Eliminating Repetitive Ideas

Unless you are providing definitions on purpose, stating one idea twice in a single sentence is redundant.

Removing Repeated Words

As a general rule, you should try not to repeat a word within a sentence. Sometimes you simply need to choose a different word, but often you can actually remove repeated words.



Original: The student who won the cooking contest is a very talented and ambitious student.

Revision: The student who won the cooking contest is very talented and ambitious.

Rewording to Eliminate Unnecessary Words

If a sentence has words that are not necessary to carry the meaning, those words are unneeded and can be removed.



Original: Gagandeep has the ability to make the most fabulous twice-baked potatoes.

Revision: Gagandeep makes the most fabulous twice-baked potatoes.

Original: For his part in the cooking class group project, Malik was responsible for making the mustard reduction sauce.

Revision: Malik made the mustard reduction sauce for his cooking class group project.

Avoid Expletive Pronouns (most of the time)

Many people create needlessly wordy sentences using expletive pronouns, which often take the form of “There is …” or “There are ….”

Pronouns (e.g., I, you, he, she, they, this, that, who, etc.) are words that we use to replace nouns (i.e., people, places, things), and there are many types of pronouns (e.g., personal, relative, demonstrative, etc.). However, expletive pronouns are different from other pronouns because unlike most pronouns, they do not stand for a person, thing, or place; they are called expletives because they have no “value.” Sometimes you will see expletive pronouns at the beginning of a sentence, sometimes at the end.



There are a lot of reading assignments in this class.

I can’t believe how many reading assignments there are!

Note: These two examples are not necessarily bad examples of using expletive pronouns. They are included to help you first understand what expletive pronouns are so you can recognize them.


The main reason you should generally avoid writing with expletive pronouns is that they often cause us to use more words in the rest of the sentence than we have to. Also, the empty words at the beginning tend to shift the more important subject matter toward the end of the sentence. The above sentences are not that bad, but at least they are simple enough to help you understand what expletive pronouns are. Here are some more examples of expletive pronouns, along with better alternatives.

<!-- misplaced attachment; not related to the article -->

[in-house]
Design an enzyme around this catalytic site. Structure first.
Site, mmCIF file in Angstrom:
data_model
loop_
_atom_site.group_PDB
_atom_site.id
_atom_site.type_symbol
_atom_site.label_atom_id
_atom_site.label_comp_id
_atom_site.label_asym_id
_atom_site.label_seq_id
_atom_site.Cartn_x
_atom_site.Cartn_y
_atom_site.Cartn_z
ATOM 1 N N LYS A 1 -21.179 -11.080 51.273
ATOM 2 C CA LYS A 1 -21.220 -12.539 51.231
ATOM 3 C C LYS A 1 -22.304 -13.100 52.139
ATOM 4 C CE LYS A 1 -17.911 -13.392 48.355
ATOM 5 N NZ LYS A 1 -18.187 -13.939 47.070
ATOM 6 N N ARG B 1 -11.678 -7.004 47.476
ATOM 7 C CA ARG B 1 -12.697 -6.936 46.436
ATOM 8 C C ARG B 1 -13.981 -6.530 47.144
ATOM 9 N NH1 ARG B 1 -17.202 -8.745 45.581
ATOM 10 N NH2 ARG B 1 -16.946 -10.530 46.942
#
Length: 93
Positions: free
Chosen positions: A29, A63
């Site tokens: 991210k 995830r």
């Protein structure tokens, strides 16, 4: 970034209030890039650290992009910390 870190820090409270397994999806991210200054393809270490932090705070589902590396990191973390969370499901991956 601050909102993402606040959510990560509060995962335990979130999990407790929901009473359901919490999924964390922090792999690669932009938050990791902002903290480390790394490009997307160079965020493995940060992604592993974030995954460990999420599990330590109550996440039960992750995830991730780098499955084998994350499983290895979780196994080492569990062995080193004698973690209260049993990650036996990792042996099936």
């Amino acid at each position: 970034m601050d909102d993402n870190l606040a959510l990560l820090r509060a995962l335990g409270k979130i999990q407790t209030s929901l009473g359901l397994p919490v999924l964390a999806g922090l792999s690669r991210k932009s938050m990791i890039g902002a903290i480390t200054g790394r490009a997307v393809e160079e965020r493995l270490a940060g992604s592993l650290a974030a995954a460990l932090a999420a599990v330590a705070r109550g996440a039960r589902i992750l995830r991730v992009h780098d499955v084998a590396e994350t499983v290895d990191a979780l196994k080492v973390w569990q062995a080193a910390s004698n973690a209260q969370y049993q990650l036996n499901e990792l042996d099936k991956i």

Original: There are some people who love to cause trouble.

Revision: Some people love to cause trouble.

Original: There are some things that are just not worth waiting for.

Revision: Some things are just not worth waiting for.

Original: There is a person I know who can help you fix your computer.

Revision: I know a person who can help you fix your computer.


When you find yourself using expletives, always ask yourself if omitting and rewriting would give your reader a clearer, more direct, less wordy sentence. Can I communicate the same message using fewer words without taking away from the meaning I want to convey or the tone I want to create?

Choose Specific Wording

You will give clearer information if you write with specific rather than general words. Evoke senses of taste, smell, hearing, sight, and touch with your word choices. For example, you could say, “My shoe feels odd.” But this statement does not give a sense of why your shoe feels odd, since “odd” is an abstract word that does not suggest any physical characteristics. Or you could say, “My shoe feels wet.” This statement gives you a sense of how your shoe feels to the touch. It also gives a sense of how your shoe might look as well as how it might smell, painting a picture for your readers.


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Business Writing For Everyone Copyright © 2021 by Arley Cruthers is licensed under a Creative Commons Attribution-NonCommercial 4.0 International License, except where otherwise noted.